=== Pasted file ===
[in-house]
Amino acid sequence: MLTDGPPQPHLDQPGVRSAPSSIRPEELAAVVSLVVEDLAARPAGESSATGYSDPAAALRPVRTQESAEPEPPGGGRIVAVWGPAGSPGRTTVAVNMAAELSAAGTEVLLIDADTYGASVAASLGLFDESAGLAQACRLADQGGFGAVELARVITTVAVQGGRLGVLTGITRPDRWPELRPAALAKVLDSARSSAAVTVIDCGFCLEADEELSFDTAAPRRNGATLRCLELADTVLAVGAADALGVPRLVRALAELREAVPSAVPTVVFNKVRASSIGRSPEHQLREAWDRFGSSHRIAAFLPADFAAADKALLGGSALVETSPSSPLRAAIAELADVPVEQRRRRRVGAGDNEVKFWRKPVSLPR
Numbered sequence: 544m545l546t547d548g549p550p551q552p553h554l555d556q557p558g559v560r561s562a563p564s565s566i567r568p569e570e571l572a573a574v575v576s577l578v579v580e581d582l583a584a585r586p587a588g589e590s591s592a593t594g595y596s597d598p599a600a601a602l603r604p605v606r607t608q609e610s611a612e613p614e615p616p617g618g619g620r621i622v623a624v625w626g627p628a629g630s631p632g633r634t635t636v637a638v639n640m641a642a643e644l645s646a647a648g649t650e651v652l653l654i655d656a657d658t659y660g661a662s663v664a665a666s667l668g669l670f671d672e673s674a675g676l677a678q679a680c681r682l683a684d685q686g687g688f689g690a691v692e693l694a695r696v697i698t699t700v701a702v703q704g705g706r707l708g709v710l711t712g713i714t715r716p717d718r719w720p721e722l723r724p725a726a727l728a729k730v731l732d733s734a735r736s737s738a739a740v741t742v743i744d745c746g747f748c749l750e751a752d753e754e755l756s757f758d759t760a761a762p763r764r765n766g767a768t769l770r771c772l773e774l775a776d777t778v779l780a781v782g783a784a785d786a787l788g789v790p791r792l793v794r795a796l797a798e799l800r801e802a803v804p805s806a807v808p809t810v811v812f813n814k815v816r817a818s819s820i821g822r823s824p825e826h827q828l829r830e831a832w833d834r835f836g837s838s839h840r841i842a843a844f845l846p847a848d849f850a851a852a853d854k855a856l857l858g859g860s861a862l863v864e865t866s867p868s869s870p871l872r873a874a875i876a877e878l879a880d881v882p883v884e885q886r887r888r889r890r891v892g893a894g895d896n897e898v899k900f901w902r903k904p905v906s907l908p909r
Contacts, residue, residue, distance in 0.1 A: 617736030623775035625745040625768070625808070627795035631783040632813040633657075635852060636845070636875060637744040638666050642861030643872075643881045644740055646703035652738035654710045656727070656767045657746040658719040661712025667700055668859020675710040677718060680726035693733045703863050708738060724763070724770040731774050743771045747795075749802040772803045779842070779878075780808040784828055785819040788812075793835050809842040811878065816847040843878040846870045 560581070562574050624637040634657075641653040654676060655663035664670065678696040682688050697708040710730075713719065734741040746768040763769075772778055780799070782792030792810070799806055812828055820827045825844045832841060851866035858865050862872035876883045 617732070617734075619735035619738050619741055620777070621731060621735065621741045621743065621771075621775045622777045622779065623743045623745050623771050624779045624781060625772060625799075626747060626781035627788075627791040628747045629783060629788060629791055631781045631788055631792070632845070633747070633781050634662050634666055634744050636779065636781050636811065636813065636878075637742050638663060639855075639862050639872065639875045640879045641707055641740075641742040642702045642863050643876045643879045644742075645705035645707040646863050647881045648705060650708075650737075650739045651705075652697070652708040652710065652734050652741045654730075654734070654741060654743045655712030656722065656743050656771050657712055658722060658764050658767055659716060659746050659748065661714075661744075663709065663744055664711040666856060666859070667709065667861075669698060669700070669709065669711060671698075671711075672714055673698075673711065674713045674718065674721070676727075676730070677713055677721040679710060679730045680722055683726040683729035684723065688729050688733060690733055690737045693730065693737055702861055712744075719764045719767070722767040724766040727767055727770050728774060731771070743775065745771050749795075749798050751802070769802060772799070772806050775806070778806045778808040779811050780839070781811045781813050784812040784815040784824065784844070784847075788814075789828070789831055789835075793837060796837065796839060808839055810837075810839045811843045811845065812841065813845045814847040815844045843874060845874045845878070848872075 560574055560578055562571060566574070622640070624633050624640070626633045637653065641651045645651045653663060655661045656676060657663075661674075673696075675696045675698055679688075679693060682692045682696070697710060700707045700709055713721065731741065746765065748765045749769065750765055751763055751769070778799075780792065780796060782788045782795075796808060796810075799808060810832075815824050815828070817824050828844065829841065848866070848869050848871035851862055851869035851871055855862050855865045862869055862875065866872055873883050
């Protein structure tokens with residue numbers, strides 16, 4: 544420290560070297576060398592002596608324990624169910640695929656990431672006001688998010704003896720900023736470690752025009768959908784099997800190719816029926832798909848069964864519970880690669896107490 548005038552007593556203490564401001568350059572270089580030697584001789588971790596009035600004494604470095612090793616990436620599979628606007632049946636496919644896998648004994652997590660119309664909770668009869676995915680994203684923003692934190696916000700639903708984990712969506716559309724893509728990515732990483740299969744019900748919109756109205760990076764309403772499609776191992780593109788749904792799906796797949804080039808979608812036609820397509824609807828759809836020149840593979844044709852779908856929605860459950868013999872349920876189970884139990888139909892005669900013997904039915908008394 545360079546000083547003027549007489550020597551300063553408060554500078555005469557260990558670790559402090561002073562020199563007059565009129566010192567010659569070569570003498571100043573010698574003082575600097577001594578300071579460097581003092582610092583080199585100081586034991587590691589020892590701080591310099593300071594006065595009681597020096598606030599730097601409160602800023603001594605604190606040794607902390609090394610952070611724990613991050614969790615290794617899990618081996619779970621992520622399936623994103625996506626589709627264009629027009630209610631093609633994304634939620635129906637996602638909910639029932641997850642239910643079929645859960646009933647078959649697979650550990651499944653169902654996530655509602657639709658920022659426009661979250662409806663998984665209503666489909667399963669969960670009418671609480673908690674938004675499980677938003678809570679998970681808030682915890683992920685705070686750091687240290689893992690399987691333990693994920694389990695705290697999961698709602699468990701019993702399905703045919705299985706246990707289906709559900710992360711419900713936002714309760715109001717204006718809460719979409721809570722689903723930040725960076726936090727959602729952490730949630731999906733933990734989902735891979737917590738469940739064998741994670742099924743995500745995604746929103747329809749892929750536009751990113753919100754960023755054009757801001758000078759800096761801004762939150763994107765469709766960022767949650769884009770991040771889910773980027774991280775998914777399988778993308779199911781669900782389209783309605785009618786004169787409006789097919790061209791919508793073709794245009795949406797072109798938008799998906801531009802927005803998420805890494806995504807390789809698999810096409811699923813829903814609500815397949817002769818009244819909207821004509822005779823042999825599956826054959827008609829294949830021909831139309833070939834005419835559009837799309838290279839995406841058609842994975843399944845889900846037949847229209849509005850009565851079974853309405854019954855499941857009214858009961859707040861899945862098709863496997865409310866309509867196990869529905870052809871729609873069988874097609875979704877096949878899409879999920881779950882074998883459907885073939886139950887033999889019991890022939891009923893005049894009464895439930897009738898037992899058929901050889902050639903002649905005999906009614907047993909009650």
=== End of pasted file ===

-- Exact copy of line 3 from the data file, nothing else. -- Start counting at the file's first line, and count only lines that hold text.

Numbered sequence: 544m545l546t547d548g549p550p551q552p553h554l555d556q557p558g559v560r561s562a563p564s565s566i567r568p569e570e571l572a573a574v575v576s577l578v579v580e581d582l583a584a585r586p587a588g589e590s591s592a593t594g595y596s597d598p599a600a601a602l603r604p605v606r607t608q609e610s611a612e613p614e615p616p617g618g619g620r621i622v623a624v625w626g627p628a629g630s631p632g633r634t635t636v637a638v639n640m641a642a643e644l645s646a647a648g649t650e651v652l653l654i655d656a657d658t659y660g661a662s663v664a665a666s667l668g669l670f671d672e673s674a675g676l677a678q679a680c681r682l683a684d685q686g687g688f689g690a691v692e693l694a695r696v697i698t699t700v701a702v703q704g705g706r707l708g709v710l711t712g713i714t715r716p717d718r719w720p721e722l723r724p725a726a727l728a729k730v731l732d733s734a735r736s737s738a739a740v741t742v743i744d745c746g747f748c749l750e751a752d753e754e755l756s757f758d759t760a761a762p763r764r765n766g767a768t769l770r771c772l773e774l775a776d777t778v779l780a781v782g783a784a785d786a787l788g789v790p791r792l793v794r795a796l797a798e799l800r801e802a803v804p805s806a807v808p809t810v811v812f813n814k815v816r817a818s819s820i821g822r823s824p825e826h827q828l829r830e831a832w833d834r835f836g837s838s839h840r841i842a843a844f845l846p847a848d849f850a851a852a853d854k855a856l857l858g859g860s861a862l863v864e865t866s867p868s869s870p871l872r873a874a875i876a877e878l879a880d881v882p883v884e885q886r887r888r889r890r891v892g893a894g895d896n897e898v899k900f901w902r903k904p905v906s907l908p909r